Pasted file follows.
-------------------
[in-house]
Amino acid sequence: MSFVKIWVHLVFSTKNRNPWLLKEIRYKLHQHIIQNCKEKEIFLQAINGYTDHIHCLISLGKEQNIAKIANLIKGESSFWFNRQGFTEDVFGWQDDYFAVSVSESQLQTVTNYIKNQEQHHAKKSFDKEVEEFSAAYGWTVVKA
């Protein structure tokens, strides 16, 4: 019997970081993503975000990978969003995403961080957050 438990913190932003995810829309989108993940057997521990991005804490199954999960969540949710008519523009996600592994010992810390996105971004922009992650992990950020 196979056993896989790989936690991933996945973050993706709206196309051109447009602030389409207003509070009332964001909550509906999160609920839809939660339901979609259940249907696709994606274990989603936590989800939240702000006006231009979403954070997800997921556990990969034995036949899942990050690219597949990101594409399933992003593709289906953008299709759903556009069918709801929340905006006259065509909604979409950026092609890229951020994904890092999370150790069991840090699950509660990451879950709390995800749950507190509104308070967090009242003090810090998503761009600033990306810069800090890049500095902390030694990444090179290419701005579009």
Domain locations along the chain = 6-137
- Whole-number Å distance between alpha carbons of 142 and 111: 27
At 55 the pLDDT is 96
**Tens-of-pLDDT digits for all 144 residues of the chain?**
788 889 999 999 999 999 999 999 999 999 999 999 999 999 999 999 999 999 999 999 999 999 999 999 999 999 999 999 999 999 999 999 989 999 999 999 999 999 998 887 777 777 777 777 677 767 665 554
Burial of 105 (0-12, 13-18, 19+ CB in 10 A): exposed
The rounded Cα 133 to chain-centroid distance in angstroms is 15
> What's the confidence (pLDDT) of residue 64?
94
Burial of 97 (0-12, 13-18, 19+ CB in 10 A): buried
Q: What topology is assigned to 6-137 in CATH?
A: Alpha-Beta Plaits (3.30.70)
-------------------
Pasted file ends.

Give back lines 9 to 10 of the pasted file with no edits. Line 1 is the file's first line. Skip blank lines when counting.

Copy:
Burial of 105 (0-12, 13-18, 19+ CB in 10 A): exposed
The rounded Cα 133 to chain-centroid distance in angstroms is 15